This week Stephen Hawking died at 76. Somehow this feels like a moment to stop and celebrate the human spirit. Most of us have heard about the genius who held Isaac Newton's endowed chair in Mathematics at Cambridge University in England. An expert on some of life’s most perplexing mysteries of time and space, he wrote ground breaking and ever popular books about black holes, A Brief History of Time and The Universe in a Nutshell among them.
But it was only in his later years that many of us came to marvel at the majestic life force that made him who he was. I was won over by the movie “The Theory of Everything” which came out in 2014. Starring Eddie Redmayne who won the oscar for best actor for his portrayal of the scientist, the film depicted his early years as a student at Cambridge, and young husband. It showed the times when he began to recognize the early signs of ALS (amyotrophic lateral sclerosis) and his romance and relationship with his first wife, as well as his playful love for his 3 young children. The movie showed his personality, his shyness, his ironic sense of humor the playful way he rode his children on his wheelchair. The film illustrated this sweet and vulnerable aspect to Hawking that complemented his searing intellect in a way that was unforgettable.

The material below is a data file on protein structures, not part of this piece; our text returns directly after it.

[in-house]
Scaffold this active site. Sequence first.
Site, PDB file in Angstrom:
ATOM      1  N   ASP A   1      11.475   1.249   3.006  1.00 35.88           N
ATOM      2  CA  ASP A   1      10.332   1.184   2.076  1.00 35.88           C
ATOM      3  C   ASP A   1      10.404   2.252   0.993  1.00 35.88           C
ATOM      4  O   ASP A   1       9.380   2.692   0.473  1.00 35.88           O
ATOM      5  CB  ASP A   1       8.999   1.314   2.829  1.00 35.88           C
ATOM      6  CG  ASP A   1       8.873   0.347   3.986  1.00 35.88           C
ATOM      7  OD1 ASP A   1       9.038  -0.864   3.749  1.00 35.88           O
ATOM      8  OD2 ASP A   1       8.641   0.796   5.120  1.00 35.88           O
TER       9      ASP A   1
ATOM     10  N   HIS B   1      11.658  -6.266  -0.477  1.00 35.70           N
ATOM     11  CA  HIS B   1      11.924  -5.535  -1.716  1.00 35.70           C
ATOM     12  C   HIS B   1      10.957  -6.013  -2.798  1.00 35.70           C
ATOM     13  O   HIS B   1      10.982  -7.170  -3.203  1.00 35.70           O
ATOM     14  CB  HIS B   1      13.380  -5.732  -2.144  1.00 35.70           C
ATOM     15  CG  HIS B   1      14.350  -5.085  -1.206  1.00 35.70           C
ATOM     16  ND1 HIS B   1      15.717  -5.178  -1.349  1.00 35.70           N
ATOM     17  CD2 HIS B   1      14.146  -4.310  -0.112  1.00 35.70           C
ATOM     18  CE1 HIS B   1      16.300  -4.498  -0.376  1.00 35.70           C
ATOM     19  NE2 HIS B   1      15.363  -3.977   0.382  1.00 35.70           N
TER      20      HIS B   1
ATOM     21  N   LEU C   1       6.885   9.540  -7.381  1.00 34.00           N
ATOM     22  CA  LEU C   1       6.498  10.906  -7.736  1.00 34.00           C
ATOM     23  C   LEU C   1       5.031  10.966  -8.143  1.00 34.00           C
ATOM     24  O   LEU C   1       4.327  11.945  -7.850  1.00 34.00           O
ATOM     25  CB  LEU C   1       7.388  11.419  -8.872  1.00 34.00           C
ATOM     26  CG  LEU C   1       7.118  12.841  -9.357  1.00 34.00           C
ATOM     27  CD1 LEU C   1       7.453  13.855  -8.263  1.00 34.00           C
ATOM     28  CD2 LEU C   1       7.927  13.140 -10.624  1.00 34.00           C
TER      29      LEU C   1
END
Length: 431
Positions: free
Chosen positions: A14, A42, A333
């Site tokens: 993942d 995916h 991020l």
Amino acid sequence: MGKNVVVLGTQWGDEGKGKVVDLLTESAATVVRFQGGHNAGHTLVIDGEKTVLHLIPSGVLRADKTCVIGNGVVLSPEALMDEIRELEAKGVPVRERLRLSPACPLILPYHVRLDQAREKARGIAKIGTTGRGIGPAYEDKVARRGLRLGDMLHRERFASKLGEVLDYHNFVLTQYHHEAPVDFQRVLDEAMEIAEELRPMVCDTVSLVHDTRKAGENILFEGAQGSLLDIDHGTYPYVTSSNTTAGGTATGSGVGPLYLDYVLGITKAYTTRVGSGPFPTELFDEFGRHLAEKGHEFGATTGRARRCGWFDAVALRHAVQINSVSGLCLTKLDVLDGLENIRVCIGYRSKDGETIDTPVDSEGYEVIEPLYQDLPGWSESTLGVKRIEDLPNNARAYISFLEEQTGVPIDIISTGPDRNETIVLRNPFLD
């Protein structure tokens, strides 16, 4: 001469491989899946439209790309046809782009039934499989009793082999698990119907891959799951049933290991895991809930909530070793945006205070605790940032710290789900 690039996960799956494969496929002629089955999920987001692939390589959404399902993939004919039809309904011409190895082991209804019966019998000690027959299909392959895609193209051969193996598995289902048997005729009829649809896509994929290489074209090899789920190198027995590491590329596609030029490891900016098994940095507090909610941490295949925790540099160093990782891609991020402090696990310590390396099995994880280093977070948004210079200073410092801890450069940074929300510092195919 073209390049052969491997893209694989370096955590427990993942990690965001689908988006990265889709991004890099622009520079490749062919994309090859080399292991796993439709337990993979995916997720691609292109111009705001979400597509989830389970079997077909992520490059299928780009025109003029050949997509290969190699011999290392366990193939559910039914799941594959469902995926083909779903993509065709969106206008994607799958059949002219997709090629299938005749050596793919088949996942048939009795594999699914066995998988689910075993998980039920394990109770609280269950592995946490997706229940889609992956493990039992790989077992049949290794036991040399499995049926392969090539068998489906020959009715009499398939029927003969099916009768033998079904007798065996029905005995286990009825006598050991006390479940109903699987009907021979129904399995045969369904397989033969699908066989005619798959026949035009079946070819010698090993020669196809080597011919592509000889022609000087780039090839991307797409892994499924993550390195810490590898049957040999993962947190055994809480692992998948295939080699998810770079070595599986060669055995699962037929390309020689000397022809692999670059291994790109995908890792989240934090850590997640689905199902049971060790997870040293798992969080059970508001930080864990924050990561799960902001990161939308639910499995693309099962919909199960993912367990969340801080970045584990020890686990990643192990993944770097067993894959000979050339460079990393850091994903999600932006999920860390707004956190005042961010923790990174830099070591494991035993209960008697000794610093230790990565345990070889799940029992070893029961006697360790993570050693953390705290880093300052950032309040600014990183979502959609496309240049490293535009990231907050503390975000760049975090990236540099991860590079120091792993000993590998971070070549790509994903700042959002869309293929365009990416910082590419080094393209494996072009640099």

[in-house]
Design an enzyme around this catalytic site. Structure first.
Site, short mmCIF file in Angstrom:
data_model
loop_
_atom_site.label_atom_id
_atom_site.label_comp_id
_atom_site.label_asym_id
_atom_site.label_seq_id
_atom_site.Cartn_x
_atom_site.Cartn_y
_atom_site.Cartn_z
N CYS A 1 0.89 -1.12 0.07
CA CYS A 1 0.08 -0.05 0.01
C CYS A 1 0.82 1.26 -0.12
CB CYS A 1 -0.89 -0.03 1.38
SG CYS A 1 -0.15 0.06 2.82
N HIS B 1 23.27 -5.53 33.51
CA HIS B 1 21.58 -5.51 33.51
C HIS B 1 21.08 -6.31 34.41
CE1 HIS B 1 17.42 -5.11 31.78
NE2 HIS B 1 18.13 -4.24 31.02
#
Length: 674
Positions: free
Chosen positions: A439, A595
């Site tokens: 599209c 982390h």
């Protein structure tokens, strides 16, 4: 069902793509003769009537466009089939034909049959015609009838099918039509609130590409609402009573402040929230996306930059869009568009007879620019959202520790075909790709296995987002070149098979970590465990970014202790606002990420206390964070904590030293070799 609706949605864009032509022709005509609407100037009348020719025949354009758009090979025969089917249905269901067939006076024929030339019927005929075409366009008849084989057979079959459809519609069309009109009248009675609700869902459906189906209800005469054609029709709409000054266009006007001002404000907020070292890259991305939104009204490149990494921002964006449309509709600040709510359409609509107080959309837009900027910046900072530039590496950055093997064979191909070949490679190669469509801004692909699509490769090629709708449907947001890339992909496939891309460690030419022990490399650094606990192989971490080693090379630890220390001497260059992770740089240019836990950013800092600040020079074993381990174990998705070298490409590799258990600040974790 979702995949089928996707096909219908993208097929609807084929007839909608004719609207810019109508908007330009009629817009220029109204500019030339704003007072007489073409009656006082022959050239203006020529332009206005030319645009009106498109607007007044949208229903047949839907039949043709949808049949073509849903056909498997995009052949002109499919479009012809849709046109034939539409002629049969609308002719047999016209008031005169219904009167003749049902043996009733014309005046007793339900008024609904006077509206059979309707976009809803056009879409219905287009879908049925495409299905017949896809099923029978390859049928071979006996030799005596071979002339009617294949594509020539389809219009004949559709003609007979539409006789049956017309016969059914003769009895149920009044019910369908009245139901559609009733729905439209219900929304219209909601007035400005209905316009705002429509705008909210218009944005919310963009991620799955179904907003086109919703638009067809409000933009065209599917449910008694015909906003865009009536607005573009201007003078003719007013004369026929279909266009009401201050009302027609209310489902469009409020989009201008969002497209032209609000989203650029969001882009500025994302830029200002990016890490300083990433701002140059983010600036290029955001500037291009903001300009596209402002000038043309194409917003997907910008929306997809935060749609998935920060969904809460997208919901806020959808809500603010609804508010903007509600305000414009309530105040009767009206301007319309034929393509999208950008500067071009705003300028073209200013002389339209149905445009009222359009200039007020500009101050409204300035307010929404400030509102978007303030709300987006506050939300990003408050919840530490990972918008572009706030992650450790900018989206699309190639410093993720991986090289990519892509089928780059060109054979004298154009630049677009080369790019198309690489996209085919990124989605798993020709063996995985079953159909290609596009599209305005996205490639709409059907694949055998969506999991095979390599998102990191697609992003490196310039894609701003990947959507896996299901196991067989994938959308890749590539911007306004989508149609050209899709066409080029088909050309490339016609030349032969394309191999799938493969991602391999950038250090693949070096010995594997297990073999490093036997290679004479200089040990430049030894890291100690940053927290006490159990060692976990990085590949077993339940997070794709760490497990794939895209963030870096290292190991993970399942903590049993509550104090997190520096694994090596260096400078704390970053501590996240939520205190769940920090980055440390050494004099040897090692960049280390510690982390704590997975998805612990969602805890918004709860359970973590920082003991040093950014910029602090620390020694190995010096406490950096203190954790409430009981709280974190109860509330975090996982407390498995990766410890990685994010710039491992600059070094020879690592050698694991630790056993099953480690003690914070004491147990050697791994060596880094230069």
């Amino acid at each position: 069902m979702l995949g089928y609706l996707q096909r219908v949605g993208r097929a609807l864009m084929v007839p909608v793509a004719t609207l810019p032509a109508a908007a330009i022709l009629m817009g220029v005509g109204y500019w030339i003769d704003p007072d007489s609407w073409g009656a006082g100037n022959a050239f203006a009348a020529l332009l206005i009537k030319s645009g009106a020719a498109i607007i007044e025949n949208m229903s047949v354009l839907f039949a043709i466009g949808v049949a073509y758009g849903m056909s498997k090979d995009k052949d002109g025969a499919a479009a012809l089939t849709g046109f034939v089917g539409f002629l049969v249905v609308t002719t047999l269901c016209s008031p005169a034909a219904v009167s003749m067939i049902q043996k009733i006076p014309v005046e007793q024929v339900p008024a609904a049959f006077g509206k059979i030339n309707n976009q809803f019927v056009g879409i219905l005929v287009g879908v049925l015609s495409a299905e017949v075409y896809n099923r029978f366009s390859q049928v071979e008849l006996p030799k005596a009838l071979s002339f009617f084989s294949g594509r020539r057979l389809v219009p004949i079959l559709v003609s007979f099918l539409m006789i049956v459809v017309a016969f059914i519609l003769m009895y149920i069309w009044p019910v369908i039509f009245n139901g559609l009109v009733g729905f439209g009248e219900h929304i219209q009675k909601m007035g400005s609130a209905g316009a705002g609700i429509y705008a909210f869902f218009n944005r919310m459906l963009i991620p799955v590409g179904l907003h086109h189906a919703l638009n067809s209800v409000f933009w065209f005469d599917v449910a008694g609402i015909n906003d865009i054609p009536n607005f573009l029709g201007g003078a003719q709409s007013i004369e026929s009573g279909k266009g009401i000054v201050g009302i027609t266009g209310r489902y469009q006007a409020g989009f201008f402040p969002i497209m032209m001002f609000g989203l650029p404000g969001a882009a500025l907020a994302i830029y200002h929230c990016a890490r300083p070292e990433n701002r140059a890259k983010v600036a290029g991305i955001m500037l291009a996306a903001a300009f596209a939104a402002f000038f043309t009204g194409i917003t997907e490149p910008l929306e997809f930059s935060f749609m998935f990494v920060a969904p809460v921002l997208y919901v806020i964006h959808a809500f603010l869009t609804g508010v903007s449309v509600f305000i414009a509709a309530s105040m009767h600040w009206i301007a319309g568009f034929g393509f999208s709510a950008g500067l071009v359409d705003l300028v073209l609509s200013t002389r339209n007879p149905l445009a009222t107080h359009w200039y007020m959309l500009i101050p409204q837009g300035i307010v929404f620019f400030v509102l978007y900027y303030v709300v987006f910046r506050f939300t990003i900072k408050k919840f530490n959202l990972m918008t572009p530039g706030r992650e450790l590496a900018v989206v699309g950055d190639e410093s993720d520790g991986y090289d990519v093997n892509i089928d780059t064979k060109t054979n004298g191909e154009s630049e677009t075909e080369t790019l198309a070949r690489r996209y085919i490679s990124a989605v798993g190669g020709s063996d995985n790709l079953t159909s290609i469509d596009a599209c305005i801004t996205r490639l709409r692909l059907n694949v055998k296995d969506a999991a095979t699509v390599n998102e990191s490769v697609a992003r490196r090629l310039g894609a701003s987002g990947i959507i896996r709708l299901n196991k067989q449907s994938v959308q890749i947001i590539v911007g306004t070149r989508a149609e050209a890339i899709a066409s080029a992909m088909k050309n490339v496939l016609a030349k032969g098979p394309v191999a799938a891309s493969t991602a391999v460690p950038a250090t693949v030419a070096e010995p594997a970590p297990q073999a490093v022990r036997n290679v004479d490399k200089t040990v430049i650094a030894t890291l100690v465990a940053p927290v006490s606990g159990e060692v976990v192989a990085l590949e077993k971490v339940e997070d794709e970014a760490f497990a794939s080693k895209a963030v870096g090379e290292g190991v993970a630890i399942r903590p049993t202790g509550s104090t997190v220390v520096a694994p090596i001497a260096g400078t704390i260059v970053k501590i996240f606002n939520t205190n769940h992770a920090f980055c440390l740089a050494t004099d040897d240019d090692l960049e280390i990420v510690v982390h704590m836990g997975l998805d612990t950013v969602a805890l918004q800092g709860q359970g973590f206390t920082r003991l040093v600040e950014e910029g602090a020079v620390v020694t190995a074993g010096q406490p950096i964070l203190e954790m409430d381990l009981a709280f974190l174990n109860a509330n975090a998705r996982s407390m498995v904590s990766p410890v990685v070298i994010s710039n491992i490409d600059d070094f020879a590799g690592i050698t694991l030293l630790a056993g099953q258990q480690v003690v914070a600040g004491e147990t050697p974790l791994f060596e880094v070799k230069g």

But mostly, I pause this week to recognize the power of the human soul to persevere. Hawking was in his early twenties when he showed signs of ALS and received his diagnosis at 21. He was told he might have 2-3 years to live, which is the usual prognosis. Yet, he persevered for 55 years exploring the bounds of the universe and the limits of human strength. As his body deteriorated his spirit prevailed.
It was 1985 when he got a severe case of pneumonia. To save his life the doctors performed an irreversible procedure putting in a breathing tube, a tracheotomy. Medical experience would tell you that this change would immediately shorten his life. But Stephen Hawking lived for over 32 years without speech all the while traveling the world, giving talks through a machine, writing books and having fun. For his 65th birthday he requested a trip in a space simulator, the first paraplegic to experience zero gravity.
All his life Stephen Hawking continued to push the boundaries of mathematics and physics by asking new questions that few people had even considered. Trapped in a body that posed enormous challenges for him, Hawking taught classes at the highest levels of mathematics, did original research, and remained a force to be reckoned with for 76 years.
Life so often surprises us with its coincidences. Stephen Hawking was born on the 300th anniversary of the death of Galileo and died on Albert Einstein’s birthday. I don’t know what this means but something about that fact keeps pointing me to a truth behind his life and everything in it. There was very little that was random about Stephen Hawking. He was meant to be here, and he fulfilled his God-given destiny. Though I am not sure he believed in God himself, I think he taught a great deal about the power of the human spirit, and the God-given strength in each of us. Somehow he discovered the key to living into that strength.